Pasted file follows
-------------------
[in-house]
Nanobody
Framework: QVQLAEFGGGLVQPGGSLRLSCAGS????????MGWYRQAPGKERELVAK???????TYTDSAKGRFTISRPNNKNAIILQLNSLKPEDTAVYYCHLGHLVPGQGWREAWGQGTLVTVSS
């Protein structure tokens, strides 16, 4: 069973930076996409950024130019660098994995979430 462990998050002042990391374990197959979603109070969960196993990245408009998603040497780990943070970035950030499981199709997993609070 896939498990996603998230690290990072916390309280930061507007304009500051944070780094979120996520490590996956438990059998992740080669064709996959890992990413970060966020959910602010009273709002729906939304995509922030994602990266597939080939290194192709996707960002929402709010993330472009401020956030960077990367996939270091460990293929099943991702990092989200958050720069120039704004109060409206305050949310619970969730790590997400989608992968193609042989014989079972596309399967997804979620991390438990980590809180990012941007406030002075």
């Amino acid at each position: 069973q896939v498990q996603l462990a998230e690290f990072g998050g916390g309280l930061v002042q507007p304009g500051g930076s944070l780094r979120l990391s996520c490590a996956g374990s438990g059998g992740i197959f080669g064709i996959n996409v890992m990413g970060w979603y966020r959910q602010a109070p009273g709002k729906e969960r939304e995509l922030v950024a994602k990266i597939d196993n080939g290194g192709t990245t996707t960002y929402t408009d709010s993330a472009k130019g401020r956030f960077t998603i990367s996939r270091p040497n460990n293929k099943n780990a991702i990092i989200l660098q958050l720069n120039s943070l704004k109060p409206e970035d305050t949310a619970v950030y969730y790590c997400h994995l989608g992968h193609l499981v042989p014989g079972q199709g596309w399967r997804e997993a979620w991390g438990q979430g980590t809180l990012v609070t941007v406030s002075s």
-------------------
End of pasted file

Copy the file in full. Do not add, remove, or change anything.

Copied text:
[in-house]
Nanobody
Framework: QVQLAEFGGGLVQPGGSLRLSCAGS????????MGWYRQAPGKERELVAK???????TYTDSAKGRFTISRPNNKNAIILQLNSLKPEDTAVYYCHLGHLVPGQGWREAWGQGTLVTVSS
């Protein structure tokens, strides 16, 4: 069973930076996409950024130019660098994995979430 462990998050002042990391374990197959979603109070969960196993990245408009998603040497780990943070970035950030499981199709997993609070 896939498990996603998230690290990072916390309280930061507007304009500051944070780094979120996520490590996956438990059998992740080669064709996959890992990413970060966020959910602010009273709002729906939304995509922030994602990266597939080939290194192709996707960002929402709010993330472009401020956030960077990367996939270091460990293929099943991702990092989200958050720069120039704004109060409206305050949310619970969730790590997400989608992968193609042989014989079972596309399967997804979620991390438990980590809180990012941007406030002075």
């Amino acid at each position: 069973q896939v498990q996603l462990a998230e690290f990072g998050g916390g309280l930061v002042q507007p304009g500051g930076s944070l780094r979120l990391s996520c490590a996956g374990s438990g059998g992740i197959f080669g064709i996959n996409v890992m990413g970060w979603y966020r959910q602010a109070p009273g709002k729906e969960r939304e995509l922030v950024a994602k990266i597939d196993n080939g290194g192709t990245t996707t960002y929402t408009d709010s993330a472009k130019g401020r956030f960077t998603i990367s996939r270091p040497n460990n293929k099943n780990a991702i990092i989200l660098q958050l720069n120039s943070l704004k109060p409206e970035d305050t949310a619970v950030y969730y790590c997400h994995l989608g992968h193609l499981v042989p014989g079972q199709g596309w399967r997804e997993a979620w991390g438990q979430g980590t809180l990012v609070t941007v406030s002075s």